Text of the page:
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Last 18 months of Indian cricket, Gavaskar and Kohli

Jatin Thakkar
880   //    29 Dec 2012, 20:36 IST

A good break from cricket and seeing it from enough distance drops in such a valid perspective. The urge to dip the pen in the ink for cricket yet again isn’t that misplaced either. For India’s loss to England on her own turf is a whole round completed from the celebration of 2011 World Cup – of joy, of learning, of loss and of need.

Australia v India - Second Test: Day 2

Gambhir had flamboyantly raised his voice to declare that supremacy can only be marked when people beat us here in India, much justified to the nature of blood and soil from north of India. Not much need to seclude him, as such has been the demeanor of India’s cricket and management for a long time now. It’s a painful realization that all this has happened under the ‘able’ hands of Dhoni’s captaincy and ‘rich’ and self-sufficient BCCI. The players are just wearing the designated colours on their body, probably.

And then, there is a positive to side to all that happens, isn’t it?

Hope leads to search and one reads through endless material to grab on the thin line. Kapil Dev tried his small bit with ICL but was soon overpowered and brought down on his knees, although behind the decorated honor and acceptance by BCCI. Lost in the past, the story, as India won the World Cup in 2011 and has been running a financial success for long enough in its branch called IPL. But a question had popped up then. Where is Gavaskar and why is he so neutral? They had won a World Cup in 1983 together and put India on the map of the World Cricket. Why is he not in the central stage? His son himself was in the middle of ICL storm, although not the destructive one.

Rumours and reports laid forward the fact that Gavaskar, amongst other ex-cricketers, was paid for putting forward the view of BCCI. They get denied and justified. And read to understand a perspective as per the readers’ convenience.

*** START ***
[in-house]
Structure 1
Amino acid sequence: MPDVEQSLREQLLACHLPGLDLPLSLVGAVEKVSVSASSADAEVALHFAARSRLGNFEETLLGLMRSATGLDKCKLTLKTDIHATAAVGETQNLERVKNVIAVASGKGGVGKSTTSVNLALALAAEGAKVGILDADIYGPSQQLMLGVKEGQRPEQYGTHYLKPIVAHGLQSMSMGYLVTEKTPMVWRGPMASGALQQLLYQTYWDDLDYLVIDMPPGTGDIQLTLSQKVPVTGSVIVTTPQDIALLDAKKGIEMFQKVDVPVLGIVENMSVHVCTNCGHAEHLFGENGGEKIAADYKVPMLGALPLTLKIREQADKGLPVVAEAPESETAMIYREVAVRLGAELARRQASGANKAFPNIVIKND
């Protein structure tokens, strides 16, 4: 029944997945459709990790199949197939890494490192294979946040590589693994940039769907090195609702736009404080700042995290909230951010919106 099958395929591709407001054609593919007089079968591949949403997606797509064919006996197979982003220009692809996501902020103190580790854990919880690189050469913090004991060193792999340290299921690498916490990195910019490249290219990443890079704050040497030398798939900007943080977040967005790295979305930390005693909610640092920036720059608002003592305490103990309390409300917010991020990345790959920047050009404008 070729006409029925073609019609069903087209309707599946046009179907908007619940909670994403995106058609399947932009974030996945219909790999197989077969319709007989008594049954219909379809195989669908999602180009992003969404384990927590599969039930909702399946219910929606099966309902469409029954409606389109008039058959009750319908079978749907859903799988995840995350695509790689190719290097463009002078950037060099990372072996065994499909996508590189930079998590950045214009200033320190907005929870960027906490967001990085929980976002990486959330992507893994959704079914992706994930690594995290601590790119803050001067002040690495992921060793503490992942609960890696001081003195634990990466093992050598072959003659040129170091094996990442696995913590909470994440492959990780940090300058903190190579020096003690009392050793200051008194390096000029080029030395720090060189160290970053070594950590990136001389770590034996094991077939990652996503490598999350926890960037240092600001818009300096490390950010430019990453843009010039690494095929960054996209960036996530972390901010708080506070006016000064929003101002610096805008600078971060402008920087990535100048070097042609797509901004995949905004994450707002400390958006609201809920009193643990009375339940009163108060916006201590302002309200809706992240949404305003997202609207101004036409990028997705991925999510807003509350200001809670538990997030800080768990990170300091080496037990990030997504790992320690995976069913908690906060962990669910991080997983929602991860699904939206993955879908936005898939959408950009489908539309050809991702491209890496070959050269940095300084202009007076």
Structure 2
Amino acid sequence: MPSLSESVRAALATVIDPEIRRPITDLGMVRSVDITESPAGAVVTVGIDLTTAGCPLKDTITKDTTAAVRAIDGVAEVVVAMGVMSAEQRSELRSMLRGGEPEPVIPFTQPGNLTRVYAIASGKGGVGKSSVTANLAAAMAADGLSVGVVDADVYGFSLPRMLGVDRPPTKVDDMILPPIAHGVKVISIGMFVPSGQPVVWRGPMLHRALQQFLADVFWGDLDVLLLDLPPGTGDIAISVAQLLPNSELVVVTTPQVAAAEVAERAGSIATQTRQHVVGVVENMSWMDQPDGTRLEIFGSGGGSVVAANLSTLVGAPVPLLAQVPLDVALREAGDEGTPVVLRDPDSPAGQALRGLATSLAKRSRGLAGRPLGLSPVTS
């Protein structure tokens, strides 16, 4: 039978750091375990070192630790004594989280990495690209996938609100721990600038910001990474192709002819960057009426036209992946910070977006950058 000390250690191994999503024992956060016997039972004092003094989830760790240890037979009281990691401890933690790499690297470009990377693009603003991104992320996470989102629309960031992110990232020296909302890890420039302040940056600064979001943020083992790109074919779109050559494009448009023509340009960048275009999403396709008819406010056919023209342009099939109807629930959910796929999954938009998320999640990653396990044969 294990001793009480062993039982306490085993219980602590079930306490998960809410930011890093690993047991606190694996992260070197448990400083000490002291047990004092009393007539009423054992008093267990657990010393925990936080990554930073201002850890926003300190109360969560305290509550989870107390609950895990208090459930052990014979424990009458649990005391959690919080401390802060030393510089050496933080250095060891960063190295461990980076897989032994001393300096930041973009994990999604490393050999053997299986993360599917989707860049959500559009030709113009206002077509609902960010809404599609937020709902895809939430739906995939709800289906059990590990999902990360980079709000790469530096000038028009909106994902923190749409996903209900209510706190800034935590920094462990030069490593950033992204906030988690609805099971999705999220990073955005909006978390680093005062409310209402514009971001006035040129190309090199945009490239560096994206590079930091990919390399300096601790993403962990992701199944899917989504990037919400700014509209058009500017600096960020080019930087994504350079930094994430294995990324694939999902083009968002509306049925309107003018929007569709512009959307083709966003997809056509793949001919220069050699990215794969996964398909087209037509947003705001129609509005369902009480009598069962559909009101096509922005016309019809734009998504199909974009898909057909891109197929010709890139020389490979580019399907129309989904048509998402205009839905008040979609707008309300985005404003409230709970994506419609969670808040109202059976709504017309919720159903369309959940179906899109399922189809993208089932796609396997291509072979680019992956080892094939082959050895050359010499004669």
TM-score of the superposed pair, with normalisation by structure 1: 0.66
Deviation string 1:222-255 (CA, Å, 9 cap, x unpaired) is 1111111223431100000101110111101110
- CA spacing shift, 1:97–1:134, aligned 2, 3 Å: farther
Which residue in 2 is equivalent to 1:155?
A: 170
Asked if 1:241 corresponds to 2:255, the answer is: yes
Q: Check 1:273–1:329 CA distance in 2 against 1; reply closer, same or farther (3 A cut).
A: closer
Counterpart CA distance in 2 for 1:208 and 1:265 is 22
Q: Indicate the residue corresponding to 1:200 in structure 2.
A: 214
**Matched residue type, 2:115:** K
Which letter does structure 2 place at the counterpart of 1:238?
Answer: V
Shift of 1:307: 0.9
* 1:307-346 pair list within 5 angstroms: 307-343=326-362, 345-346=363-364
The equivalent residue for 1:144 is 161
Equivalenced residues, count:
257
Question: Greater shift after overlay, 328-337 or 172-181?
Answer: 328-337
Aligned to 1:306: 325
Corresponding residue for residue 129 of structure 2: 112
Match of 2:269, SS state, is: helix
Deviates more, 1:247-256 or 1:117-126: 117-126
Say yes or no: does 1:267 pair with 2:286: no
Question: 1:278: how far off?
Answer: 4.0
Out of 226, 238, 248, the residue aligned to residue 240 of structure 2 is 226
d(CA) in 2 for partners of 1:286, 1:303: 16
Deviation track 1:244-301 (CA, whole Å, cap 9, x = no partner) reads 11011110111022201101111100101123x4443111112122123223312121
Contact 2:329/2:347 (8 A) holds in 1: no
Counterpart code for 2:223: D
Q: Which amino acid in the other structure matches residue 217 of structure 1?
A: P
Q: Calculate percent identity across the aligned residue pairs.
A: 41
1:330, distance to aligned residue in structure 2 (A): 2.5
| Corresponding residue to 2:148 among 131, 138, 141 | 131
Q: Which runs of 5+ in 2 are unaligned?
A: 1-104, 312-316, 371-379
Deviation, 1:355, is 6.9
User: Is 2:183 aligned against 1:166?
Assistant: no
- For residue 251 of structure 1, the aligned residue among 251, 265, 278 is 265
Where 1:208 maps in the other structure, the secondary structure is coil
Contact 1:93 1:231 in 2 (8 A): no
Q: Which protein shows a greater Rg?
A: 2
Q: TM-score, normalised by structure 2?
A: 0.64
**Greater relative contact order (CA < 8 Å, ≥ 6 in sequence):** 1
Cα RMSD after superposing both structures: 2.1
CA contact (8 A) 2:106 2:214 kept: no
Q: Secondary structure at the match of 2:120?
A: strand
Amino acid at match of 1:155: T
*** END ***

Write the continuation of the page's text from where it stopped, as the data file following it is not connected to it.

Tendulkar is still stuck on his records and Dravid has retired for his good and the teams’. But who takes the charge? Kumble is caught  up with the management at RCB for Vijay Mallya and his own career as a cricket administrator on a smaller and slower scale. Ganguly raises his opinion often but is consistently ignored over his failed record as a cricketer in the twilight part of his career. Dhoni has failed, at least in Test cricket. Let us just accept it now. Then who will it be? Who will take the charge?

No answers.

And yet, Gavaskar points out Kohli’s readiness to take up Test captaincy and its possible impact on India’s future.

Hope, yet again. If Gavaskar is right, India could actually be walking towards a steadier future. And this vision of Gavaskar, if he were to continue on it, would be his long overdue innings that he is yet to play for Indian cricket as an ex-cricketer. It could be a record probably unbreakable unless Tendulkar, Dravid or Ganguly take a cue from it. All ‘ifs’ seem to have a good positive side to it which makes it worth a try, definitely.


And Kohli? The kid is no longer a kid. And you can’t ignore a grown-up kid for taking up the responsibility of the entire house, any dad would want to give way to a new future and a longer possibilities. As for challenges, Kohli has shown good enough appetite for it, and a much more responsible one as compared to Gambhir and Sehwag. Gavaskar’s gap from his own generation of cricket, too, should be fairly considered, at least.

There is a horrible other way round to solve this though, that IPL destroys the existence of Test Cricket and BCCI will have their way rather silently.

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